The Exorcist - The Version You've Never Seen (1973)
By: Trist Jones on June 6, 2006  |  Comments  |  Bookmark and Share
Warner (Australia). Region 2 & 4 PAL. 1.85:1 (16:9 enhanced). English DD 5.1, English DD 2.0, Italian DD 5.1. English, Italian, Icelandic, Finnish, Bulgarian, Romanian, Arabic, English, (FHI) Italian (FHI) Subtitles. 126 minutes
The Movie
Director: William Friedkin
Starring: Ellen Burstyn, Linda Blair, Max Von Sydow, Jason Miller
Screenplay: William Peter Blatty
Alright… I'll spare you the unnecessaries of the review, as essentially this is exactly the same film as it always has been, just with a couple of newly tweaked shots reinserted or altered slightly. If you want to read the review of the film check this out (The Exorcist: 25th Anniversary Special Edition). So, for those who haven't yet seen this version, you may likely be wondering "How is this different?"

The Exorcist – The Version You've Never Seen is primarily the same film as the one you probably have seen before. The story progresses exactly the same way the original theatrical cut did in its release, the new scenes don't really change the story structure at all. The new scenes seem to spell things out a little more, especially reinserted talking head sequences.

In spite of being superbly written scenes and pieces of dialogue, they don't really change anything. They simply add further insight into who the characters are by nature and why particular things happen in the film. The whole film is summed up rather beautifully in a brief conversation between Max Von Sydow's Father Merrin and Jason Miller's Father Karras during the final moments of the climactic exorcism. There is also an extended ending, involving Lt. Kinderman and Karras's best friend Father Dyer. This ending was initially intended for cinematic release, as Blatty felt the film shouldn't end on such a down note, which links rather nicely into the film's (and book's) official sequel The Exorcist III (aka Legion).

Other noticeable changes in the film include the split-second insertions of the demonic face into other sequences and the morphing of Reagan's face during the hypnotist sequence. The most obvious change however is the much talked about "Spider Walk Sequence".

The sequence is referred to extensively in the 25th Anniversary Edition, and brief, unedited or mastered clips are shown. The sequence takes place immediately after Chris (Ellen Burstyn) is told that Burt Dennings (a family friend and film director) has died, Chris turns to see Reagan at the top of the stairs. Bent over backwards, Reagan scuttles on her hands and feet across the landing and down the stairs before stopping halfway and streaming blood from her mouth. When I first saw the sequence I was genuinely surprised and shocked, even in spite of my anticipation for it. It's such a frighteningly bizarre scene that it truly is discomforting to watch. Again, it's not a massive change to the overall structure of the film, but it is certainly enough to appease today's more bloodthirsty and impatient audiences. Had it been completed back in the day, I'm sure it would be one of the defining moments of the film ala the crucifix masturbation.
Essentially the same as the 25th Anniversary Edition, although the transfer is far nicer. The colours are richer, the image is a tiny bit crisper (though it is noticeable), and the film doesn't have that Seventies look the previous release did. The grain that was present on the Anniversary disc is here again, but with the image remastered once again, it is far less noticeable. As with the last release, this version is presented in 1.85:1 and is 16x9 widescreen.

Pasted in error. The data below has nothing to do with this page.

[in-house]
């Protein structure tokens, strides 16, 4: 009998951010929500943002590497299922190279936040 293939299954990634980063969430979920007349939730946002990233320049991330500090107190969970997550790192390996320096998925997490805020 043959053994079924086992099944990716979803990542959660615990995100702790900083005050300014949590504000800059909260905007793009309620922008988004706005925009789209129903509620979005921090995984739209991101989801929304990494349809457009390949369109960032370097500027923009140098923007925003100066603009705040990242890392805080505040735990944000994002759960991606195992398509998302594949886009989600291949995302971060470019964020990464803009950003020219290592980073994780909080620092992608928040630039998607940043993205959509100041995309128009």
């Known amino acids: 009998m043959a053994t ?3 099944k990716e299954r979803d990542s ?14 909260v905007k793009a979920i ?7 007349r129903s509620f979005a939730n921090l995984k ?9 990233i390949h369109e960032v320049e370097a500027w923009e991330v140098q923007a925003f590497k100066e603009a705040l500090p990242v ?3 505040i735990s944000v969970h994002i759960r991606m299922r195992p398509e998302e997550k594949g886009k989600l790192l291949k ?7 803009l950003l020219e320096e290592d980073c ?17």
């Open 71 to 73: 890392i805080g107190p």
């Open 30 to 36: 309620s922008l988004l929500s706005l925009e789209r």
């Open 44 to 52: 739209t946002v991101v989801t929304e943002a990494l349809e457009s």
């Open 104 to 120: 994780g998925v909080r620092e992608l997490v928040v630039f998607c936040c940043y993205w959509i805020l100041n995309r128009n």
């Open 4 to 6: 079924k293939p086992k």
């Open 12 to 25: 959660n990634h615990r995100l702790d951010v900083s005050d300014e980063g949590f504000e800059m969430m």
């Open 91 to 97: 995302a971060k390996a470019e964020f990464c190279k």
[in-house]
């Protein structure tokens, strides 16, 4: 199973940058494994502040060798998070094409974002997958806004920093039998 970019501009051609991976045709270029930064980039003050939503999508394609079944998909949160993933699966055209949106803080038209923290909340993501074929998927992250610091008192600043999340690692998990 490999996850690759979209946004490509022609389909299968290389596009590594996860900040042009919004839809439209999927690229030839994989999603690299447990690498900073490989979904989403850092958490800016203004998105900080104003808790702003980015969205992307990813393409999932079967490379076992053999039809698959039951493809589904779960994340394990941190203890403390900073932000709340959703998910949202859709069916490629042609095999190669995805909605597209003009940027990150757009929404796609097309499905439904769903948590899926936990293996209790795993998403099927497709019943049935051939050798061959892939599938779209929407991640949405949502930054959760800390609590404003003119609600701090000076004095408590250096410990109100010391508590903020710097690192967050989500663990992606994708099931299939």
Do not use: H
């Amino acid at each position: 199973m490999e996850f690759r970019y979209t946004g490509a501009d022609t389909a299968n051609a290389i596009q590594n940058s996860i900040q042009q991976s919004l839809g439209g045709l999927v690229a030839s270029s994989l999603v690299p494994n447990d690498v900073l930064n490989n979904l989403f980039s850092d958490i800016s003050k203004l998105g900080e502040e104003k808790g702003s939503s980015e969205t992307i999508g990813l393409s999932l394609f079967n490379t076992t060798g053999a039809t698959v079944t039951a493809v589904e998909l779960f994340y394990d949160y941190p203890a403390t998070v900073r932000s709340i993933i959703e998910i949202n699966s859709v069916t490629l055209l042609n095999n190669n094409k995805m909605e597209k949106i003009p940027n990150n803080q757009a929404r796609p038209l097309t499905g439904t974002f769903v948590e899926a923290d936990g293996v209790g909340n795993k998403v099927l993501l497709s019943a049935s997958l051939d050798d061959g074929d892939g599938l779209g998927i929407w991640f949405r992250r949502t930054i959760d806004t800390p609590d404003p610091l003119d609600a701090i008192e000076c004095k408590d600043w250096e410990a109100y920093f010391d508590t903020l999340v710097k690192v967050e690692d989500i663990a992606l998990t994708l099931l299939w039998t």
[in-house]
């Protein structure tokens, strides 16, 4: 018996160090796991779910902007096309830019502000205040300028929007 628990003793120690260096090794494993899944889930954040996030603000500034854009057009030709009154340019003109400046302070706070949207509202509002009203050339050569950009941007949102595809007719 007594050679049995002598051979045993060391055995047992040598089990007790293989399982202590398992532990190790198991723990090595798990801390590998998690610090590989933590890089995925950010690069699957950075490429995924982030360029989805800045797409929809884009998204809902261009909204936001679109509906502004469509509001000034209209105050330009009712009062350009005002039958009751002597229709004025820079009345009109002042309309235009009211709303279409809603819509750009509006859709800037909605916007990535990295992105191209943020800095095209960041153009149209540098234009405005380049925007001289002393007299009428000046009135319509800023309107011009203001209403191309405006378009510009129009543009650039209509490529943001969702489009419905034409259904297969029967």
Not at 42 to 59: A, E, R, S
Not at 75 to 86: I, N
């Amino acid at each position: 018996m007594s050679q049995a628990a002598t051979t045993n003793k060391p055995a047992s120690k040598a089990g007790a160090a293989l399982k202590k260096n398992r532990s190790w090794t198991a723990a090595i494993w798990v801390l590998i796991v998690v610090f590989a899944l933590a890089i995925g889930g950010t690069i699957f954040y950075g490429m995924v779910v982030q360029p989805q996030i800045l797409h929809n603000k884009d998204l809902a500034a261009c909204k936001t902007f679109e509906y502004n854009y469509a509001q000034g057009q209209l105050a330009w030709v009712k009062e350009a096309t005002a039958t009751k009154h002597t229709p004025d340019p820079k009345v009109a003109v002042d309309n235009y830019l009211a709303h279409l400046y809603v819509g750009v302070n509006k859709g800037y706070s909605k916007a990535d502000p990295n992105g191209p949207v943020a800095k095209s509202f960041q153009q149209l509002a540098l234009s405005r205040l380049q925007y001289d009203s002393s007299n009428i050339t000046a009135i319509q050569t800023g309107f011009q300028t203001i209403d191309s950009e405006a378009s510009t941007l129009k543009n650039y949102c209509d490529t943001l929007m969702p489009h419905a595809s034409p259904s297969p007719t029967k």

Again, a noticeable improvement over the prior release. Not huge, but definitely cleaner. The only trouble with this is that it makes it easier to pick out the re-looped lines and the Devil's impersonations don't blend quite as well as they did last time around. The audible noise floors in the first release are pretty much gone from this one. The soundtrack is, once again, available in 5.1 Dolby Surround, but now also comes with an Italian 5.1 track and an English 2.0 mono compatible track.
Extra Features
Outside of the new footage, you really only get a new commentary by William Friedkin, along with radio and television spots. Not a standout set of extras, but at least Friedkin has been generous enough to offer up a brand new commentary. It's a much more intellectual commentary on the make up of the story itself than a technical dissection of the film, looking more at the development of characters, symbolism and meaning behind certain events or subtleties that crop up throughout the film. I'm actually rather surprised that he makes no mention of the reinsertions made for this release.
The Verdict
It's a bit of a surprise to see how lacking this disc is in regards to extras, especially when the last release was as fantastic as it was. The film itself is as fantastic as it ever was, the new extras are not really enough to alter one's opinion of the overall impact this film has, though the "Spider Walk" is a very memorable moment. At the current price tag, it really isn't worth forking out the money for unfortunately, as the film is available in the multitude of competitively priced boxed sets available these days. The other thing with these sets is that you're getting all three films, which is (debatably) a bonus as neither sequel is available in Australia outside of the collections. Fantastic film, but a flimsy DVD. (NOTE: this rating is based purely on the value for money factor of this release)
Movie Score
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